A pig was yesterday seen sailing down the river Thames, between Westminster and Blackfriars Bridge on a large fragment of ice, with great gravity. He occasionally squeaked with a peculiar shrillness, which a waterman construed into a call for a pilot, he put off, and after a strong, contest with the floating masses of snow, succeeded in delivering the swinish navigator from his perilous situation. Whether he was not rescued from one death to meet another, is a question which no doubt has been already solved. It is conjectured that the animal was feeding on the banks of the river, and imprudently venturing too far on the ice in search of some delicious morsel, was carried away by the stream. 

Hopefully the pig was not disgruntled about its adventure!  


Sunday 19 January 2014

National Archive Podcasts (3)

I love history at a local, national and world levels. The National Archives contain some interesting records of British Imperialism around the world. There are also important records relating to life in the united kingdom. These records can also be used by anyone who is interested in genealogy. The documents come in all forms. I like to listen to the research outcomes in the form of lectures as the archives come under greater and greater scrutiny. The files are captured in MP3 format. There is obviously a bias towards history and family history in my choices.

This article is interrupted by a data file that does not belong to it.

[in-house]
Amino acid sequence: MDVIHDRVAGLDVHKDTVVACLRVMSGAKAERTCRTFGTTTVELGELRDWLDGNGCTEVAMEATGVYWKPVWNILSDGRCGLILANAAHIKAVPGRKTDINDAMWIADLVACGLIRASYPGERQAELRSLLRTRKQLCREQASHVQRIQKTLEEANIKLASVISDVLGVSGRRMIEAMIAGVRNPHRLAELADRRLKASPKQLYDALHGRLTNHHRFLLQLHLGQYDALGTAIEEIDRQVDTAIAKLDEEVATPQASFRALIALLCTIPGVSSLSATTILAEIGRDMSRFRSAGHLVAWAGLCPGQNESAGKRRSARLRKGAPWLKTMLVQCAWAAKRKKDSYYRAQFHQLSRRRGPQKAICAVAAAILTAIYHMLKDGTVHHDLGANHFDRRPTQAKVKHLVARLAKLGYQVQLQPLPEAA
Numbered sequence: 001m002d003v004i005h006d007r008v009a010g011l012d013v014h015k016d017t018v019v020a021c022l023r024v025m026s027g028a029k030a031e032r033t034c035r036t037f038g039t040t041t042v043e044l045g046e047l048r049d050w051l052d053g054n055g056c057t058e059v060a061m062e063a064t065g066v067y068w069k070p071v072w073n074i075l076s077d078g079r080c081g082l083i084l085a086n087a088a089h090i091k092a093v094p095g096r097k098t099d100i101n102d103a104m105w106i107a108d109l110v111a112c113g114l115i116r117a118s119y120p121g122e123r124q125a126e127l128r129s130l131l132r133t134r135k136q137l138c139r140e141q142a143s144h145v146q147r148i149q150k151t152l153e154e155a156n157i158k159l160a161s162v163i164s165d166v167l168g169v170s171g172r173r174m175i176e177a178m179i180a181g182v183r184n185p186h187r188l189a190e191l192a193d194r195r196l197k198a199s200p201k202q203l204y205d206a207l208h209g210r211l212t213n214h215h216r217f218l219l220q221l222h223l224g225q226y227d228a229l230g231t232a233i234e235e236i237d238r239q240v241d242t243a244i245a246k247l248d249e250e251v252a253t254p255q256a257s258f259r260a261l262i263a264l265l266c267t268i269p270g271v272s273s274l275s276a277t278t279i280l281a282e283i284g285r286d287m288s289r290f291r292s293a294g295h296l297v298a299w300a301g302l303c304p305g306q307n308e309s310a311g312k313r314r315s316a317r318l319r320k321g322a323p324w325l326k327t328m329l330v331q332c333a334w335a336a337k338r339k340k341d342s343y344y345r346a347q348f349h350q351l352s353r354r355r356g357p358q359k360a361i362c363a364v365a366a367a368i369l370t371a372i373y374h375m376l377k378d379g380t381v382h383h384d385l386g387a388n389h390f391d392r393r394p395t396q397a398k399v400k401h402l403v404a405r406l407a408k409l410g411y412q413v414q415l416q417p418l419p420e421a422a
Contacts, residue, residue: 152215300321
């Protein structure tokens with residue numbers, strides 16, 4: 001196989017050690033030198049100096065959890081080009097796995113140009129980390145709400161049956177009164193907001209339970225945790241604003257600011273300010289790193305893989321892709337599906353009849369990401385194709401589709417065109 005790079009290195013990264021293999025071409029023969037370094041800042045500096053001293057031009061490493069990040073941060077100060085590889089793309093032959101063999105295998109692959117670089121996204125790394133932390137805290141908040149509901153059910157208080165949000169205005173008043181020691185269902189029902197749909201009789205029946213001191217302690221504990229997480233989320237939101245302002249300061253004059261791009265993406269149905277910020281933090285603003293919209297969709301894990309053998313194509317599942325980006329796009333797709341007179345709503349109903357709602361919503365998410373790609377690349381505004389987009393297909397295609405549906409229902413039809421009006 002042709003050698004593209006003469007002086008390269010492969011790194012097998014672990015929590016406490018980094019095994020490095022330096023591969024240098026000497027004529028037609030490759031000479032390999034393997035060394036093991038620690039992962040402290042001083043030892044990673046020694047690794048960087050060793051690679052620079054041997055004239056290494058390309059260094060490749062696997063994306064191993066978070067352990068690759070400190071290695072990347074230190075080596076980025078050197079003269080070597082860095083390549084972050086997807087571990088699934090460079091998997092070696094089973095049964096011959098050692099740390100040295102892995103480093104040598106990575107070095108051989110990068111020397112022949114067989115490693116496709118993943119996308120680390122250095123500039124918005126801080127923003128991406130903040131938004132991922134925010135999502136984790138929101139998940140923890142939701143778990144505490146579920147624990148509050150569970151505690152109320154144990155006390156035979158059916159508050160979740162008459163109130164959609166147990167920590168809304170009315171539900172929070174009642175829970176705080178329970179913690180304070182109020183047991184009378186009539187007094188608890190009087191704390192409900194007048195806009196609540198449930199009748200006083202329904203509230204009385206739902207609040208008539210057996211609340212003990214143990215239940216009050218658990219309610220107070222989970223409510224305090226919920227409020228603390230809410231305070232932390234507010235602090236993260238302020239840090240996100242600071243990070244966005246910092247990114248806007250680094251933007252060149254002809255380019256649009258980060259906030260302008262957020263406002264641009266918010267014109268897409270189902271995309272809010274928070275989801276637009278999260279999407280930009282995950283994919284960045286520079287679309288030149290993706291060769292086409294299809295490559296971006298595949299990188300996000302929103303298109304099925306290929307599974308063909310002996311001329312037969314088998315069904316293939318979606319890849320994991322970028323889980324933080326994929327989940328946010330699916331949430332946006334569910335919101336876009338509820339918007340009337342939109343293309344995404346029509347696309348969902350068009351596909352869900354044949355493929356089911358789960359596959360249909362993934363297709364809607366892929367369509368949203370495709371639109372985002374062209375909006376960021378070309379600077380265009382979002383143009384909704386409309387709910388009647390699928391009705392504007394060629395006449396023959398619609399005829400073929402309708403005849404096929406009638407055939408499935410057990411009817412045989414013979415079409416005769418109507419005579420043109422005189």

In 1834 the British government introduced the Poor Law Amendment Act (the introduction of the 'Workhouse System'). This was one of the most important pieces of 19th century social legislation and it touched the lives of millions of ordinary men, women and children. Click Here to listen.